“At this point, we haven’t seen a shift,” he said. “I don’t think that’s definitive. It doesn’t mean there’s not more distress. Symptoms increase by having to stay at home. For some, it’s been a really stressful time and can increase risk for suicide but so far we haven’t seen those numbers.”
For veterans with limited mobility, these challenges are compounded, according to Tom Wheaton, a Navy veteran who serves as the national treasurer for the Paralyzed Veterans of America. Even though many states, including California, are beginning to reopen parts of their economies, these veterans remain vulnerable to the virus.
“We feel trapped and terrified,” Wheaton said. “It’s still very real — the virus can hit one of our loved ones or our caregivers. We’re susceptible. As the rest of America is getting out of their houses, we’re still stuck at home or stuck in bed.”
Paralyzed Veterans of America has about 16,000 members nationwide, Wheaton said, but advocates on behalf of the 61 million Americans living with disabilities.
People with spinal cord injuries, multiple sclerosis and ALS sometimes have respiratory issues related to those conditions that make them especially susceptible to the virus, Wheaton said.
According to Wheaton, 96 members of the organization have been diagnosed with COVID-19. Fifteen of them, all veterans, have died of the disease.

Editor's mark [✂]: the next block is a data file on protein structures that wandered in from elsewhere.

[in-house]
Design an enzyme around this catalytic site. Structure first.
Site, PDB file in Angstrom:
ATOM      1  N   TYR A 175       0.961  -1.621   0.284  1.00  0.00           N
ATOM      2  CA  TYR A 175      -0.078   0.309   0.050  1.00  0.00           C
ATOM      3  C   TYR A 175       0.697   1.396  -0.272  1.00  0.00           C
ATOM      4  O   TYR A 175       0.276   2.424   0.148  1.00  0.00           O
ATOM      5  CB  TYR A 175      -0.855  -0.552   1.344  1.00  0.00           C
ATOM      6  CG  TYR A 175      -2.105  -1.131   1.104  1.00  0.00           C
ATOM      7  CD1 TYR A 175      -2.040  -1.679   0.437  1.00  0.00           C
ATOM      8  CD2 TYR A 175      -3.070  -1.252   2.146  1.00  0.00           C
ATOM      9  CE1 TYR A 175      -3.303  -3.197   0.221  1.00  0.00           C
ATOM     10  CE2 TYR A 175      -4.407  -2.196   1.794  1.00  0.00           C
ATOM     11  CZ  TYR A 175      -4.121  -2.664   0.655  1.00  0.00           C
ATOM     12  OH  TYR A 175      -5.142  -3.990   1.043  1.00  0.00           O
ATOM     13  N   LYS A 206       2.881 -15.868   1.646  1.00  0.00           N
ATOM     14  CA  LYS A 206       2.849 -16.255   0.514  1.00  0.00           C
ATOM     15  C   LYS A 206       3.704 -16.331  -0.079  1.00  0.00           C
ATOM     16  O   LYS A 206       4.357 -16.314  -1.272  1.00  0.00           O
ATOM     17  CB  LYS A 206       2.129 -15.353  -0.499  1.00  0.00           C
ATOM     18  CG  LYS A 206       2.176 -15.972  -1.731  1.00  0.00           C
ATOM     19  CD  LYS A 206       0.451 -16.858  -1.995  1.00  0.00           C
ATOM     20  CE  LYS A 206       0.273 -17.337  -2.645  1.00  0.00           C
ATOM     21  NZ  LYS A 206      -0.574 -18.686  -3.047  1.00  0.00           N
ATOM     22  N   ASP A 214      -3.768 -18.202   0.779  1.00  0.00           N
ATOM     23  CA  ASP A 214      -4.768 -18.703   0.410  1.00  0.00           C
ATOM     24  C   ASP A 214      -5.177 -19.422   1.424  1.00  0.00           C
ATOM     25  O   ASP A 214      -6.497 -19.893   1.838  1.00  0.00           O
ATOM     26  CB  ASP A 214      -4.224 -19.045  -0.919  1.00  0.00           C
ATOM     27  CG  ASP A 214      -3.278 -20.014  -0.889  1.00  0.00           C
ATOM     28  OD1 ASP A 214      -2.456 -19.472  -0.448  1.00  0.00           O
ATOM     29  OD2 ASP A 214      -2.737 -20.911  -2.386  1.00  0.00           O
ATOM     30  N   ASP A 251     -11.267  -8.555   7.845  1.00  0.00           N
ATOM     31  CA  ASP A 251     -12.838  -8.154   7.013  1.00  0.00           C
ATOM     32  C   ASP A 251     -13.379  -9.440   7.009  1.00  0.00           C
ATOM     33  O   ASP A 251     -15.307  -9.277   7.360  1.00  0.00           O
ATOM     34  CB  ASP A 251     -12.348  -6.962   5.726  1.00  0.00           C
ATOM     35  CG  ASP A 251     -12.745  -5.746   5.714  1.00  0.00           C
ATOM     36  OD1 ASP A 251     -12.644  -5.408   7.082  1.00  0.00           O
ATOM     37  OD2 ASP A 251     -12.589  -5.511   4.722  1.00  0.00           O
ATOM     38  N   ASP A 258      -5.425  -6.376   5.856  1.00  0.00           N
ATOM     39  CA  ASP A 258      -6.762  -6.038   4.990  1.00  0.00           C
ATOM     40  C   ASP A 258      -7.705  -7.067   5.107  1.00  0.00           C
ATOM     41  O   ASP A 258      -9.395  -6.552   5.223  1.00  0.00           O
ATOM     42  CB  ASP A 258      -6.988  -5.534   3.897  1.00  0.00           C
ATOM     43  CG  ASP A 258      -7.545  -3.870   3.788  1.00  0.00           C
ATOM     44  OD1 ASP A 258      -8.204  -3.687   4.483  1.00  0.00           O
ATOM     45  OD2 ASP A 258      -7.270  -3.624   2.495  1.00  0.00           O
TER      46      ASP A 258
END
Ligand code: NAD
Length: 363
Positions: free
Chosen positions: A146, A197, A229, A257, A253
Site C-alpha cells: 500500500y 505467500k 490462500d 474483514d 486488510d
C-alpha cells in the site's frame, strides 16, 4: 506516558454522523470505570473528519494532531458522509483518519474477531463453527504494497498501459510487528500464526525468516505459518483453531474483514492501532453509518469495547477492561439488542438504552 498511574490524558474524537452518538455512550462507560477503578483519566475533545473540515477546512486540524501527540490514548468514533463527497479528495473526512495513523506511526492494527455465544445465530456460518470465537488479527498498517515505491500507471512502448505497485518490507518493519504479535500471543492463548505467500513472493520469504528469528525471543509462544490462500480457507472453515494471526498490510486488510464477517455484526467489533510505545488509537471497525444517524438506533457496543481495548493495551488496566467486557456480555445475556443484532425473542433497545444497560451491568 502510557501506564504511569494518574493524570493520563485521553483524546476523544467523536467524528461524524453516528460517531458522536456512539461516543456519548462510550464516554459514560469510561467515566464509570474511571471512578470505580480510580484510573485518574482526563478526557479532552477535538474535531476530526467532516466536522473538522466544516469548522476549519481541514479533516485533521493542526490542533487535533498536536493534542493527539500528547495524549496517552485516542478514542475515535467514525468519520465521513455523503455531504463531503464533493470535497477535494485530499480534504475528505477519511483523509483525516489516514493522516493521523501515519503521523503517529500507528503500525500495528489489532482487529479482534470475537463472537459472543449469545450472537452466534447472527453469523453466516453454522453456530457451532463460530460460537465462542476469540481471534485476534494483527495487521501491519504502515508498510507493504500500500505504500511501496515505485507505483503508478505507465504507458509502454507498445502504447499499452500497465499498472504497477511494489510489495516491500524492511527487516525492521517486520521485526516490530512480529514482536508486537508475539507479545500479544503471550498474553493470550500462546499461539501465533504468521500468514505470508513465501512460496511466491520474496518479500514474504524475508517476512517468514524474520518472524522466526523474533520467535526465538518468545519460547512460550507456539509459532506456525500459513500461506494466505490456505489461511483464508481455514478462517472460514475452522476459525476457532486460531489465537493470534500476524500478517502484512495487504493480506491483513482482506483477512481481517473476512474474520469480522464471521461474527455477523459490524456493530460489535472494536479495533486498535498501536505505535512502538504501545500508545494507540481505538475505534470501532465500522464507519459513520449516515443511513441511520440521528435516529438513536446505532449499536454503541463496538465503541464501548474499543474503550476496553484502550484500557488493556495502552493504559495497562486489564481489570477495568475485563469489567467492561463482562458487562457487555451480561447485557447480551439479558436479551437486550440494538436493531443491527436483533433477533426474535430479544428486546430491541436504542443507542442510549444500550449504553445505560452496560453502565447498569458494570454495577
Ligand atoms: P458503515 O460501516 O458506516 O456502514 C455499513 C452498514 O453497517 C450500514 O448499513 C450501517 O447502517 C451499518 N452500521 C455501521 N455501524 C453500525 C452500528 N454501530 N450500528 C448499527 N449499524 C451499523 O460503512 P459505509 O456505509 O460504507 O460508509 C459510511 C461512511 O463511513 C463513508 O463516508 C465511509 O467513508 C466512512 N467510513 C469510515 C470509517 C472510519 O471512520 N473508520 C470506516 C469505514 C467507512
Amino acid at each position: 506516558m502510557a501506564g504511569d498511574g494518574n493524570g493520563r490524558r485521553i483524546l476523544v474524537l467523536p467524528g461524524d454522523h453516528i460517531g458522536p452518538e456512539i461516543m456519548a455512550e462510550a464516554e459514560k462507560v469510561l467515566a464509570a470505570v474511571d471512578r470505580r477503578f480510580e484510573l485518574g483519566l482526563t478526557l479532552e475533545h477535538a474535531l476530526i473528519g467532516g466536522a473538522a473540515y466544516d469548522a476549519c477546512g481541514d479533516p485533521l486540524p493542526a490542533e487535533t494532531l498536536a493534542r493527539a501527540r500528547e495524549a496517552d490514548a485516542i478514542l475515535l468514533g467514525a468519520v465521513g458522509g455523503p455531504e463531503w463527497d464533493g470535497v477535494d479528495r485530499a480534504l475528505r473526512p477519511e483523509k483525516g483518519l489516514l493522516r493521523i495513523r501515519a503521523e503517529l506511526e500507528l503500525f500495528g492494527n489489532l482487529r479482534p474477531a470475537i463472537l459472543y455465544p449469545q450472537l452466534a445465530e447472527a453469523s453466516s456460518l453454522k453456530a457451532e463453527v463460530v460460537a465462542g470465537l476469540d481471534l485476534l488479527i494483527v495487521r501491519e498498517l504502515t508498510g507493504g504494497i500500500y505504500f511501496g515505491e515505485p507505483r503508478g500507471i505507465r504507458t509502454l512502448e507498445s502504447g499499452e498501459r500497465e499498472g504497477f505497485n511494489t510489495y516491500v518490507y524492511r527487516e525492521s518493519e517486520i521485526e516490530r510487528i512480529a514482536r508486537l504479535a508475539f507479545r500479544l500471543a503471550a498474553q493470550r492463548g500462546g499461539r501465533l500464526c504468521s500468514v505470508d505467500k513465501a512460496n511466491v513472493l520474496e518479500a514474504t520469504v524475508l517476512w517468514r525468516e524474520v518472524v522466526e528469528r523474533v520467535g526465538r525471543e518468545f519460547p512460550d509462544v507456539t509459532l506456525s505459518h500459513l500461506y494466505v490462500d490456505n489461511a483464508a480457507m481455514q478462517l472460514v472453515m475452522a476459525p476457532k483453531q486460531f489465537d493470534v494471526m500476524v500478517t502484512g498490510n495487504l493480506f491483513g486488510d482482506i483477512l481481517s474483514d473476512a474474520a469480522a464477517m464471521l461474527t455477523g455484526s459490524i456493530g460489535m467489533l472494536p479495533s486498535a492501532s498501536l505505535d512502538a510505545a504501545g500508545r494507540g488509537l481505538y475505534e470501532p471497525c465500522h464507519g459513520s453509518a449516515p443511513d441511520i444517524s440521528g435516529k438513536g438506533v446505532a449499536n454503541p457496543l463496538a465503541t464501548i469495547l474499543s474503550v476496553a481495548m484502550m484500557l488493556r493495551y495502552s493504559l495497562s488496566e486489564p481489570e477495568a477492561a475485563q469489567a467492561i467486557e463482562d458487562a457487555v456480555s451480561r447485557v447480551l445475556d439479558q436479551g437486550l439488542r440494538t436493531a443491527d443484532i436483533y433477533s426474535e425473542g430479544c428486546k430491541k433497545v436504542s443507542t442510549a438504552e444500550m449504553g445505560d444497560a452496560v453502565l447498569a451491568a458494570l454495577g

Wheaton, who lives in Colorado, said members of the organization have had difficulty obtaining medical supplies and getting wheelchairs repaired over the last two months. Mental health and suicide are also a concern.
“There’s a lot of mental health issues,” Wheaton said. “Some are depressed. Harsh depression or post traumatic stress disorder can also lead to thoughts of suicide — it’s our greatest concern as an organization.”
Al Kovach, a former Navy SEAL who lives in Coronado, was injured in a parachuting accident during a 1991 training exercise. He said delays in receiving medical supplies have led him to take risks with his health while waiting for new catheters to arrive.
“I placed an order over the phone and it took longer than expected,” he said. “I had to stop drinking water for two days waiting for them to arrive, which caused me to experience dehydration.”